HOUSTON — After the Philadelphia Union conceded the third of three goals in Wednesday’s U.S. Open Cup final, centerback Auston Trusty hung his head in his heads in a bent-over position for more than a minute.
When Trusty finally moved upright, goalkeeper Andre Blake pushed him forward with the ball already placed at the center circle for a restart.
Trusty’s misfortune on his 65th-minute own goal was a perfect representation of a night with high hopes that went south almost immediately.
“The third goal just sums up our defensive night,” Union captain Alejandro Bedoya said. “You have to execute your chances and not get punished defensively and we got punished defensively tonight.”
While there are countless reasons why the Union fell in their third Open Cup final in five years, the simple answer is they just didn’t have it on a night in which their best, and then some, was expected.
A wide range of emotions were experienced before, during and after Wednesday’s game, and the Union’s leaders sat postgame in frustration and disappointment.
The frustration started in the third minute, when Fafa Picault was ruled offside for heading a ball into the back of the net.
Less than 60 seconds later, the Union were stuck questioning what exactly happened, as Houston’s Mauro Manotas slipped through the defense and netted the first of his two goals.
“It wasn’t even a solid ball played across and they still capitalized,” Bedoya said. “Tonight that’s what happened. We got punished on defensive errors and Houston’s holding the trophy.”
The second goal was even more maddening, as a few defensive movements would’ve stopped Manotas from slithering through the Union back line and slotting a perfect shot into the bottom-left corner of the net.
The Union’s unacceptable defending throughout the night was the most pertinent of a set of baffling occurrences that added up to the most lopsided defeat of the three U.S. Open Cup finals in franchise history.
Cory Burke, the striker who rose out of obscurity from the team’s United Soccer League affiliate Bethlehem Steel, couldn’t find the magic touch in front of goal he had most of the season.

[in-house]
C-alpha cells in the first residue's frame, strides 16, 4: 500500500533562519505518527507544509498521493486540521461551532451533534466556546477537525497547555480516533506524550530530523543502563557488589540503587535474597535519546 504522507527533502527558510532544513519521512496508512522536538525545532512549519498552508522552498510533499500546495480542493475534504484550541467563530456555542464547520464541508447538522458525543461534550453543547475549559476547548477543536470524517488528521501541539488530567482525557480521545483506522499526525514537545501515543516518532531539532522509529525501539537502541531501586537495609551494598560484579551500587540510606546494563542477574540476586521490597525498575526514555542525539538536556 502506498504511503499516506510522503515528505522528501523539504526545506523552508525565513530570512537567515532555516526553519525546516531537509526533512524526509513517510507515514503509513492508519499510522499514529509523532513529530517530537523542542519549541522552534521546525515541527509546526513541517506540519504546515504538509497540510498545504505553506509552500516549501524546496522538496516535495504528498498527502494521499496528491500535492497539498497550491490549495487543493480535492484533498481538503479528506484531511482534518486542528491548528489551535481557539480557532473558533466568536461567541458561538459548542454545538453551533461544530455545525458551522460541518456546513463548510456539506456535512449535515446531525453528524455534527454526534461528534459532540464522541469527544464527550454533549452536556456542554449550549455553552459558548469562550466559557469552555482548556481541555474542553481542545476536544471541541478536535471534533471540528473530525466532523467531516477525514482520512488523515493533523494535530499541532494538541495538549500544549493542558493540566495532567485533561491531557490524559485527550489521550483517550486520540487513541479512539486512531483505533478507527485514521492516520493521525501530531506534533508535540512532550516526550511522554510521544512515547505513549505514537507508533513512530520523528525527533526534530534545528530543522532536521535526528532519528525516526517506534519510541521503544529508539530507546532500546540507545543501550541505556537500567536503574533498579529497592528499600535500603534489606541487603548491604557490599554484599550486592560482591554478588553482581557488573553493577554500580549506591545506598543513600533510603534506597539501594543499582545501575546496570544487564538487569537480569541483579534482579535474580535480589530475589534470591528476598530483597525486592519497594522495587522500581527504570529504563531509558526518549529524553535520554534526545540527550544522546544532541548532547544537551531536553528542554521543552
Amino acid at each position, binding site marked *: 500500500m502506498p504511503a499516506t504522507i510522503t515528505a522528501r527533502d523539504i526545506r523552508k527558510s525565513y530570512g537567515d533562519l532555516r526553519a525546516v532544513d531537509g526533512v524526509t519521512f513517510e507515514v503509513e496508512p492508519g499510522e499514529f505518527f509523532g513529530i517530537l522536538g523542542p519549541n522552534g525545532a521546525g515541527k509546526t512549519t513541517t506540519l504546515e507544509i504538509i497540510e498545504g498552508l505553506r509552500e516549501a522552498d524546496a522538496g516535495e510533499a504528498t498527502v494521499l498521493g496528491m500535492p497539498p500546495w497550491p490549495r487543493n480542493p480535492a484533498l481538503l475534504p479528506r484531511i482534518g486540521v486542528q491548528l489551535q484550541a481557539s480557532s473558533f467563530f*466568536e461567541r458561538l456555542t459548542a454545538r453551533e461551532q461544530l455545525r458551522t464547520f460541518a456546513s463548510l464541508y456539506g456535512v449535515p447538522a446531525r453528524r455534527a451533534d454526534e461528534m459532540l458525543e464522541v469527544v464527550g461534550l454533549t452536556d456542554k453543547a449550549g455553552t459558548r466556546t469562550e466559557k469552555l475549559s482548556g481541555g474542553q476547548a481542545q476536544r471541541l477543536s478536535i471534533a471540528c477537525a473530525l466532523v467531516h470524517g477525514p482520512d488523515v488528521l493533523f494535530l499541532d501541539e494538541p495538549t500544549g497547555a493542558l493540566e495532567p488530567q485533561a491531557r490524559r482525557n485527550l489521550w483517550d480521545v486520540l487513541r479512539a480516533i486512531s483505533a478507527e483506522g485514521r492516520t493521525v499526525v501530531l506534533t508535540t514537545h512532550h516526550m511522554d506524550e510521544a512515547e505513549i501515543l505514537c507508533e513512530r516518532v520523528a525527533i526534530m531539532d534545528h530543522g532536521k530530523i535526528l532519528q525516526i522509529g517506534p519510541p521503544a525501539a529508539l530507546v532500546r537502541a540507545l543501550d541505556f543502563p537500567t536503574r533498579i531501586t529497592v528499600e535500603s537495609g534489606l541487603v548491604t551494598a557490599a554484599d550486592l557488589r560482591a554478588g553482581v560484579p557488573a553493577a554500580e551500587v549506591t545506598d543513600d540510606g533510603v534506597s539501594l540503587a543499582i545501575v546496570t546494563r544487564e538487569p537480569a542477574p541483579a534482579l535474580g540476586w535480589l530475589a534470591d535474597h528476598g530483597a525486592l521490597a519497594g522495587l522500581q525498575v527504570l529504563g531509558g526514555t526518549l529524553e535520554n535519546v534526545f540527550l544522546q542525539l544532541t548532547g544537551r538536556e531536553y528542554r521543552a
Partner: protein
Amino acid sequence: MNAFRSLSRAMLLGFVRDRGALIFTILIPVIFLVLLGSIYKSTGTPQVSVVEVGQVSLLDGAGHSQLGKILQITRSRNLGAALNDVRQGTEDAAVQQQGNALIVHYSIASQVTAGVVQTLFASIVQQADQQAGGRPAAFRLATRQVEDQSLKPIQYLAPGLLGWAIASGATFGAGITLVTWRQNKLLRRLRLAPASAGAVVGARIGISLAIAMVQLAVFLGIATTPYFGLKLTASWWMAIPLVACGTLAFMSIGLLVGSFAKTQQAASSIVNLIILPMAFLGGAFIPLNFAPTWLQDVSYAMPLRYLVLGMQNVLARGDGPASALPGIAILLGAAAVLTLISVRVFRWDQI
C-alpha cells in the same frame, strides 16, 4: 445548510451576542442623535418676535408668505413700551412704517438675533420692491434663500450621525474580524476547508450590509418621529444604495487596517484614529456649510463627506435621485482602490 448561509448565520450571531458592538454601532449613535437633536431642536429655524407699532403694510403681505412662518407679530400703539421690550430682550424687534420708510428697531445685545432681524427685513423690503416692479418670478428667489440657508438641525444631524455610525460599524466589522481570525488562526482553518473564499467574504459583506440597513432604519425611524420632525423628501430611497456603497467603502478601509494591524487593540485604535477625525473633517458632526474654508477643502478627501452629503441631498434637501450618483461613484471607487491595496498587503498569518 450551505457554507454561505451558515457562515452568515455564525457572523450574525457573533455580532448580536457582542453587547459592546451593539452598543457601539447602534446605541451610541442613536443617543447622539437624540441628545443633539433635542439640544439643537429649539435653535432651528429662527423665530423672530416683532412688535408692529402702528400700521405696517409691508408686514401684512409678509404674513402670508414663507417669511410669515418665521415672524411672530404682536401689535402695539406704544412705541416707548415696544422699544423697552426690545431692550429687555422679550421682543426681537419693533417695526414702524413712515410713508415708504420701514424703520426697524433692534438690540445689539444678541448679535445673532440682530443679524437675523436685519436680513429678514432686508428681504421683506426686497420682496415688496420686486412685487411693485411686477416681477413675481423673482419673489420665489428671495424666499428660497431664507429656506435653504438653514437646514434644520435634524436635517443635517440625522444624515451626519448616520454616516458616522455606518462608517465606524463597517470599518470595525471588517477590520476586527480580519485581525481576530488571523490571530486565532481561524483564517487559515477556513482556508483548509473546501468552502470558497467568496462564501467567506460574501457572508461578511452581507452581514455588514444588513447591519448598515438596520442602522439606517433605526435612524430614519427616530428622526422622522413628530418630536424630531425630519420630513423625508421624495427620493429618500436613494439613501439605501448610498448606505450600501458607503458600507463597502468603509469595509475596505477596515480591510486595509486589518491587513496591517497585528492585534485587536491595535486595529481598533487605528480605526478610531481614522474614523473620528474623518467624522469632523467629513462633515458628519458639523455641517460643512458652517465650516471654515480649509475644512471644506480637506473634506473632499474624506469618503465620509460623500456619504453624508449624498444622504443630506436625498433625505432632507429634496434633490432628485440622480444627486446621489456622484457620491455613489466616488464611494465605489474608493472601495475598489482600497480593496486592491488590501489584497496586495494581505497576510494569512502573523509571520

Trusty, the unflappable 20-year-old first-year starter, and Jack Elliott, whose path to the starting lineup is as unlikely as a fourth-round draft pick, produced unusually rough performances.
Borek Dockal, who has turned into a great find on loan from the Chinese Super League, was bottled up by Houston’s combination of Juan David Cabezas and Boniek Garcia.
“We win as a team and we lose as a team,” Curtin said. “As hard as it is to lose a final, it doesn’t dismiss the entire work that’s been done this season. It’s still a very good Open Cup run. It doesn’t end the way we want. Only one team is happy at the end of this thing.
“Everybody has to stick together, and in the hard moments. We have a couple of mistakes all over the field tonight. Every player made a mistake tonight. There were spots where there were mistakes where we weren’t strong enough. Credit to Houston on the night. Over the course of 90 minutes, they outplayed us.”
Everything that seemed to go in the Union’s favor during the regular season and the Open Cup run magically disappeared and reignited the anger and disappointment the club’s fans are used to feeling.
“We’re having a great season,” Union midfielder Haris Medunjanin said. “We’re fighting on both ends, Open Cup and reaching the playoffs. It’s very difficult when you’re fighting on both ends. You spend a lot of energy, but I think we have a lot of good players and a good team. It’s tough when you lose a final like that because I think we were a better team. The better team doesn’t always win. They created chances and scored immediately. It’s what we didn’t do today.”
For some successful teams, a final loss would serve as motivation to finish off the season strong, but the Union didn’t do so in 2014 and 2015, as they won two of their combined nine games post-Open Cup.
This season’s overall performance suggests the failures of the past are somewhat in the rear view mirror, but until proven wrong, the trust issues between the club and its fans about being successful will linger with the stench of defeat in major games.
“One night, one game doesn’t make or break somebody and it’s certainly not going to break us,” Bedoya said. “We got a good locker room, a good group of guys. We might have our heads down tonight, but I expect everybody tomorrow morning to get in there and be in good spirits and look forward to Columbus.”